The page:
IBEC urges Government to ease back on its €3.1bn Budget target
Irish workers have been taxed enough, warns employers' body
BUSINESS body IBEC has urged the Government to ease back on this year's €3.1bn Budget target by abandoning plans for further tax increases.
But the group says further slashing of public-sector pay must remain on the to-do list.
The Government must claw back another €5.1bn in tax hikes and spending cuts over the next two years under its plan to cut the Budget deficit to below 3pc of the value of the economy by 2015.
It beat deficit targets last year and is expected to do so again this year. If its sticks with its austerity plan, the deficit is estimated to be reduced to 2.2pc of GDP by 2015 – well within the 3pc target. But IBEC chief economist Fergal O'Brien said the economy and consumers had been "taxed enough".
In its latest quarterly forecast, IBEC said the budgetary adjustment this year should be less than the planned €3.1bn.
"We need to press ahead with reducing public-sector expenditure, but taking more money out of the economy through tax hikes is the wrong way to go," said Mr O'Brien.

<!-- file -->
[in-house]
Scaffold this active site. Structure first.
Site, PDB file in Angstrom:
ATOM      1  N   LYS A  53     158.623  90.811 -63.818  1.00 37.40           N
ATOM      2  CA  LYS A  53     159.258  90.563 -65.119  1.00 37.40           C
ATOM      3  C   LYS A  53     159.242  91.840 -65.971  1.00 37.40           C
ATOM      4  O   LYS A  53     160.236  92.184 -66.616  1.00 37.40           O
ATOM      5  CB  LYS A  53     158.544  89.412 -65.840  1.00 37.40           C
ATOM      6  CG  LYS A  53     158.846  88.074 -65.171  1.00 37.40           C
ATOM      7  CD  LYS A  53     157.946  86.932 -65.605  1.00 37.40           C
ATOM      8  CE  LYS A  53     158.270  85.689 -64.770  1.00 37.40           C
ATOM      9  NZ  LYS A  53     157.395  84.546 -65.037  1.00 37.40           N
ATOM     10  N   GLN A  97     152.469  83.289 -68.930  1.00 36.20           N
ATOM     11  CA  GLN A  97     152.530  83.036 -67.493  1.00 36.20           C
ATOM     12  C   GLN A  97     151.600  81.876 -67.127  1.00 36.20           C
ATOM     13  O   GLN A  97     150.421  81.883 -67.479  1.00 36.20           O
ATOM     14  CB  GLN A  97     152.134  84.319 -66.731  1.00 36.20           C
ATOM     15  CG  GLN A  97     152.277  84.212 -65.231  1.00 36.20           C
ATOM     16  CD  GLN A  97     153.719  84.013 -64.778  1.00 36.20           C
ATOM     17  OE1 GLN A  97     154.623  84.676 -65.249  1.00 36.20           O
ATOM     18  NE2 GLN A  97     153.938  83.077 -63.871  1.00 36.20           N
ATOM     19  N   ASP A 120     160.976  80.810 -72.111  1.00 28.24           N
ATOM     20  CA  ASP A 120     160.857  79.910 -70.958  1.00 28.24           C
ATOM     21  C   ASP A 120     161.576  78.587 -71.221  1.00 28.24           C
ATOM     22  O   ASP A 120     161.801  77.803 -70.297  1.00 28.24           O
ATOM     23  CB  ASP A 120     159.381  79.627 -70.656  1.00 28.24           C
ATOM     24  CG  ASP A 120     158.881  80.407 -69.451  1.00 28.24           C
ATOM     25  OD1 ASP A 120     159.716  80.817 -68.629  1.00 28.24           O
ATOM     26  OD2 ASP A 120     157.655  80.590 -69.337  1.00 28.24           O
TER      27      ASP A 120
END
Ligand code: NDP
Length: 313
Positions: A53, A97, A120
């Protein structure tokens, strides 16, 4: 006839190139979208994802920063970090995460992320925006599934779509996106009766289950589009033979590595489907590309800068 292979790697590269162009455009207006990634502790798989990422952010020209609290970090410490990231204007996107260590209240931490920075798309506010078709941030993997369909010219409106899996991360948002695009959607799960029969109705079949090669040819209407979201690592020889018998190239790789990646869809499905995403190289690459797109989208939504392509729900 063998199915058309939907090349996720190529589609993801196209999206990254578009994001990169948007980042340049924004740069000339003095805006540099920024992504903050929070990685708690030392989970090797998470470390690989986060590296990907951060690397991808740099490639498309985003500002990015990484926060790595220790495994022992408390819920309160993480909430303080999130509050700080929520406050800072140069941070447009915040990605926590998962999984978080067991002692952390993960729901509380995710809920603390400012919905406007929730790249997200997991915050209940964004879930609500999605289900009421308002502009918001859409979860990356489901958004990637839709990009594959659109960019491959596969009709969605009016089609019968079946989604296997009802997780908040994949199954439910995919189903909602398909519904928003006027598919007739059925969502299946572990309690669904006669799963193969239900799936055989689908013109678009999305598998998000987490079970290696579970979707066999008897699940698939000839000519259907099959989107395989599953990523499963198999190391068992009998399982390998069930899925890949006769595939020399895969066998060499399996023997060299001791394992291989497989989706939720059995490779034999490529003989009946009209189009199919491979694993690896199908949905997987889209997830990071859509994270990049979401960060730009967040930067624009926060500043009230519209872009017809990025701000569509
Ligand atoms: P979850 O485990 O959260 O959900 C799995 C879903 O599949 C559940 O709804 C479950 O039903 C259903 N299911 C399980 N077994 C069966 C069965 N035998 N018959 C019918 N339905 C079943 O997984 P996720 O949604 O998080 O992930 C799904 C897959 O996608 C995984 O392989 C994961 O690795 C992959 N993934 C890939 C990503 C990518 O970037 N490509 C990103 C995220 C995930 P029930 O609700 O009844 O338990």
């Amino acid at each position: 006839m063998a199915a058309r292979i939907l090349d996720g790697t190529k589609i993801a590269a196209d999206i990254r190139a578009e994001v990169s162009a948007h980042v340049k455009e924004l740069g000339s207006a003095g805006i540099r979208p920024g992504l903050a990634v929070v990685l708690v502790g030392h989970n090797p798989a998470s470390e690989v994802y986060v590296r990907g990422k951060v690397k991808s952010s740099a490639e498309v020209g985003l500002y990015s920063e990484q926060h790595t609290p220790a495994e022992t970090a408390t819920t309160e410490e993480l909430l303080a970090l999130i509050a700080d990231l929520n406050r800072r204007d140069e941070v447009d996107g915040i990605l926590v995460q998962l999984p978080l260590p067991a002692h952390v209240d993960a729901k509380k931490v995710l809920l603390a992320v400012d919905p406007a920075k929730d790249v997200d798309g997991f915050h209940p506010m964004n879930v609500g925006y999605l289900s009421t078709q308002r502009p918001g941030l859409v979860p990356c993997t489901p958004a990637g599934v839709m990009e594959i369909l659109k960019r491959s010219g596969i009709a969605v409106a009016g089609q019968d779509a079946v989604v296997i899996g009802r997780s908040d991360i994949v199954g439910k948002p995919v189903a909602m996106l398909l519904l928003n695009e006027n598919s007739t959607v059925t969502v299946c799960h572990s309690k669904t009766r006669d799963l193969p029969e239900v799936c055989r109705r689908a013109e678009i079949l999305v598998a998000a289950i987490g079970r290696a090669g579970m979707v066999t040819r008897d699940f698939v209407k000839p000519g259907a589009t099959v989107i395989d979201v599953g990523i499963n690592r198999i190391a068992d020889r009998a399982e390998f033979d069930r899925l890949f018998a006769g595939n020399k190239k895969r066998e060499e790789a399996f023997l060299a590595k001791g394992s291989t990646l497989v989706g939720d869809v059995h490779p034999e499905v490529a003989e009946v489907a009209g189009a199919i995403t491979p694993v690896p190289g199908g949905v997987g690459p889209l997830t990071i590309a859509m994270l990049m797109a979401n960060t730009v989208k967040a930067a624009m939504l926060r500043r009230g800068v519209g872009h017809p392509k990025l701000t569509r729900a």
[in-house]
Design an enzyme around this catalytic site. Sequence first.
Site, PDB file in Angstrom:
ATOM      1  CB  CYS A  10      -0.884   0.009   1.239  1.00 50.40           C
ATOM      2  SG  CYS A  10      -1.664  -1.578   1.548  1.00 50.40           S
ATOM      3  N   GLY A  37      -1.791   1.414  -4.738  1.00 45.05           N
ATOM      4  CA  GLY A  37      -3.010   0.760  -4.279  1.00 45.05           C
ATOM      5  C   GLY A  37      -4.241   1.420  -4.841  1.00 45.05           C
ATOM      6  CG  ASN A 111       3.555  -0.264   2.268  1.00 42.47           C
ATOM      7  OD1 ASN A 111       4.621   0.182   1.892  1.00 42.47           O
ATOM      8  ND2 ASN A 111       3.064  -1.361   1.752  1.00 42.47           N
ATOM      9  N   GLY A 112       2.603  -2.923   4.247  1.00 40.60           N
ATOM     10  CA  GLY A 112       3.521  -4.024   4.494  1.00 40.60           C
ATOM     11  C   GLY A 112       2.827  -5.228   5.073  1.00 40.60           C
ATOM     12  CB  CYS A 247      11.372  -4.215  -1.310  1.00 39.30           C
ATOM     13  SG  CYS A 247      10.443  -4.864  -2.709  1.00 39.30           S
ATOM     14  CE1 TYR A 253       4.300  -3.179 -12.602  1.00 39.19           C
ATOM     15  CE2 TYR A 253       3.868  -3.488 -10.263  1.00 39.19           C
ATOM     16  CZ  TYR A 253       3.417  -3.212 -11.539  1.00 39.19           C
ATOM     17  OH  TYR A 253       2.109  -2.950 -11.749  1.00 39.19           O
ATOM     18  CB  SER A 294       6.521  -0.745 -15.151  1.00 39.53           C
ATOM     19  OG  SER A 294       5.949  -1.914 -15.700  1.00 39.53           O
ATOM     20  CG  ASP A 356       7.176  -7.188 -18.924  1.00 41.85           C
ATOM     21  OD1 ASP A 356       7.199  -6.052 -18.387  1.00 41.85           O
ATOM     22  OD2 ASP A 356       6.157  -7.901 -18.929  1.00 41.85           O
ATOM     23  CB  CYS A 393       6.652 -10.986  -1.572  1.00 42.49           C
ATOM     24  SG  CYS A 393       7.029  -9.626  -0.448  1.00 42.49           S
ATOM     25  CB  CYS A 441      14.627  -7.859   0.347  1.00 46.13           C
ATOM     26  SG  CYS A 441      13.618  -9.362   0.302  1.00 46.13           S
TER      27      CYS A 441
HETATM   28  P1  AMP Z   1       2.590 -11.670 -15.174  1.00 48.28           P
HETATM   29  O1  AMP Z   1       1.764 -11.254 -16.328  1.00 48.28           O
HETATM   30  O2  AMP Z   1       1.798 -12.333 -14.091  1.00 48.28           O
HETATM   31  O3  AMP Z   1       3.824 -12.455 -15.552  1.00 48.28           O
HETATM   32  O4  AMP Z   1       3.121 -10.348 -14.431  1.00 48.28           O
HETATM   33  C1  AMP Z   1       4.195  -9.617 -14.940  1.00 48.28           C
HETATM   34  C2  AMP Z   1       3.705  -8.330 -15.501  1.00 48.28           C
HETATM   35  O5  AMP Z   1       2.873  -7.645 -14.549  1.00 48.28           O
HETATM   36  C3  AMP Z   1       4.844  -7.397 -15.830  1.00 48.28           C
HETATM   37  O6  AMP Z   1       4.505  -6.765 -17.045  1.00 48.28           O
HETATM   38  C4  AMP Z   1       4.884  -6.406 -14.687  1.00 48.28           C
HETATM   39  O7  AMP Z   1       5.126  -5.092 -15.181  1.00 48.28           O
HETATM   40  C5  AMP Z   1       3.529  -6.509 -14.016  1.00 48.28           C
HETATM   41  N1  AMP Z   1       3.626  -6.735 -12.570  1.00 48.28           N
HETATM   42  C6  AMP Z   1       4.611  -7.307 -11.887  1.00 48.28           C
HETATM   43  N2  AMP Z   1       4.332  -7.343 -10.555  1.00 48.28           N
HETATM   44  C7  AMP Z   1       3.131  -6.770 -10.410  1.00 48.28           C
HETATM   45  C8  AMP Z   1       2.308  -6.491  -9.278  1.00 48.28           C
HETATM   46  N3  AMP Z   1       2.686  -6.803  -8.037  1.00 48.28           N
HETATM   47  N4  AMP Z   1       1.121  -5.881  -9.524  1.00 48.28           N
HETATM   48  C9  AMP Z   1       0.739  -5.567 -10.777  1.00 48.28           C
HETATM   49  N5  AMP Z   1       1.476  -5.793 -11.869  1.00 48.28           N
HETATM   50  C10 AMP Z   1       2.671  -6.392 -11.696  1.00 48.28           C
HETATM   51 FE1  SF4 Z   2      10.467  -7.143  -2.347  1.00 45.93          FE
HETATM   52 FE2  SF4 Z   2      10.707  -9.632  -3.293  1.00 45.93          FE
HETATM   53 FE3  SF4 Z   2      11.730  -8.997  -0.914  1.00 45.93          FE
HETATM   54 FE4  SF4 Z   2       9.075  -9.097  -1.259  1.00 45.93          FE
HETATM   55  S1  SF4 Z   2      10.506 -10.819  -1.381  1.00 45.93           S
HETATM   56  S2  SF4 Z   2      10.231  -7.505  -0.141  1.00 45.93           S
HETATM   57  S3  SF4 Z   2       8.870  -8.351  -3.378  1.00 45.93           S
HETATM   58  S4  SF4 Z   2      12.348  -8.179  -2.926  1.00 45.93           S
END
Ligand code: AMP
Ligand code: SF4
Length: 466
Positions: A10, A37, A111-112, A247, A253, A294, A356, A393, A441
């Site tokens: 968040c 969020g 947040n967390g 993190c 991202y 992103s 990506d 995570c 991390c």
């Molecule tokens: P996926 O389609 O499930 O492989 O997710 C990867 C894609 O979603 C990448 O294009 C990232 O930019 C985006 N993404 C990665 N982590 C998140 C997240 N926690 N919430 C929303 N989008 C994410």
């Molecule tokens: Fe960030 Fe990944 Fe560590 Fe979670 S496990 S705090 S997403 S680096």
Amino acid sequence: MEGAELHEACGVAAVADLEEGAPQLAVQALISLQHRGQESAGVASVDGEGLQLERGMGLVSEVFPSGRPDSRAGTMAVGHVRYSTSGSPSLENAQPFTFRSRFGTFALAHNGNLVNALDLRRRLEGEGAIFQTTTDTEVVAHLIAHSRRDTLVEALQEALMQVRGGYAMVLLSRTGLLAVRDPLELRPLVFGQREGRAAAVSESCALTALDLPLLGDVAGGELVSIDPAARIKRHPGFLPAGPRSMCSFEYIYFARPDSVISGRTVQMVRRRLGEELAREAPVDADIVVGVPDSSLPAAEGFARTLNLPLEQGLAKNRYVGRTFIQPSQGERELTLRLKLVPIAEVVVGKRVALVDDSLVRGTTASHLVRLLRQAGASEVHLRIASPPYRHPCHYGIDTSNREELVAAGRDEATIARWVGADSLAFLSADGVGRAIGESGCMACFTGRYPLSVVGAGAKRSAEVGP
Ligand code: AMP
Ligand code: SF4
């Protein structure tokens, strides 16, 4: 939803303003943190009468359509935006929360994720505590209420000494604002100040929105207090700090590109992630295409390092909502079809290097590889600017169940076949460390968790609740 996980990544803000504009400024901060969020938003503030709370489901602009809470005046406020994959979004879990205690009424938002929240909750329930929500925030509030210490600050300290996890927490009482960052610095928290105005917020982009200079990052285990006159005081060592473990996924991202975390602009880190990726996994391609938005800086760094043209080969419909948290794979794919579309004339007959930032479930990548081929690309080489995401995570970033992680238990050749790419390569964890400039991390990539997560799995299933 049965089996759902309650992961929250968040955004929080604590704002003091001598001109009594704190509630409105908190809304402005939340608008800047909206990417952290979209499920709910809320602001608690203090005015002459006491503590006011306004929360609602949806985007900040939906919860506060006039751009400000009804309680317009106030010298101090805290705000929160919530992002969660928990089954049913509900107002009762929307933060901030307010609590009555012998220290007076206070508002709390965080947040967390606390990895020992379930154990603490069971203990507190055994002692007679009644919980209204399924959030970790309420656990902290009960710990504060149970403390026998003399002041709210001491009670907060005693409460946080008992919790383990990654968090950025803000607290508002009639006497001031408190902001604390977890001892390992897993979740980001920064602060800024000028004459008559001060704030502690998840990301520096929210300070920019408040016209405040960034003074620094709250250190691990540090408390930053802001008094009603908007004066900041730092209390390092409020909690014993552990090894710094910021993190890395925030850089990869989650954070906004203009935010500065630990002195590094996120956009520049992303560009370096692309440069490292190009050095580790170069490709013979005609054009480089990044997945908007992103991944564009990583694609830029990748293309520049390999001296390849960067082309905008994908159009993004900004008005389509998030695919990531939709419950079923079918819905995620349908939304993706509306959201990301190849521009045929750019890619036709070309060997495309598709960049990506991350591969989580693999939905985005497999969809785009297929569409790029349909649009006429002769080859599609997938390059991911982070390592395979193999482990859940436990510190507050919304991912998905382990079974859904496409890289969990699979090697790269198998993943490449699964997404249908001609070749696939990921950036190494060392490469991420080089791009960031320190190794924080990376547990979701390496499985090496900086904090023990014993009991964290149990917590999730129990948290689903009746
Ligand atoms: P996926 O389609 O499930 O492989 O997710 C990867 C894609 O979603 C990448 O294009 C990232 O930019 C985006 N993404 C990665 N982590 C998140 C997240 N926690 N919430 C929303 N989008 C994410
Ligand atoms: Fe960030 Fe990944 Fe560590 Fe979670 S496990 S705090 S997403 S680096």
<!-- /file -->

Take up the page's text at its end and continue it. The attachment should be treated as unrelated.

"Fixing the public finances can only bring us so far; consumers need to see that the end is in sight before they will start spending again."
IBEC forecasts GDP growth of 1.8pc this year, but warned economic performance in the first quarter had been weaker than expected, with fragile consumer confidence, the European economic slowdown and poor weather impacting on consumer spending.
Key forecasts from the quarterly economic outlook include:
• GDP growth at 1.8pc this year.
• Consumer spending to increase 0.2pc this year and 0.7pc in 2014.
• Economic investment to jump 7.1pc in 2013 and 13.3pc next year.
• Unemployment to fall modestly to 13.9pc this year and to 13.3pc in 2014.
• Inflation to increase by an average of 1.3pc in 2013 and by 1.9pc in 2014.
Mr O'Brien said the deal on the promissory notes and the extensions of the repayment period on some of Ireland's European bailout loans had given the Government some room for manoeuvring.
"The Government should now abandon plans to introduce an additional €500m in new taxes at the next Budget," he said.
"The economy and Irish workers are already taxed enough, the focus should be on ways to reduce the tax burden.
"Accordingly, the budgetary adjustment should be less than the €3.1bn targeted."
IBEC said abandoning the tax hikes would still leave Ireland hitting a Budget deficit of about 4.5pc next year.
"An adjustment of this order is sufficient to show that Ireland is serious about closing the deficit, while limiting the damage to the economy and growth," Mr O'Brien said.
"It would be a tangible dividend for householders and would be a significant boost to the domestic economy," he added.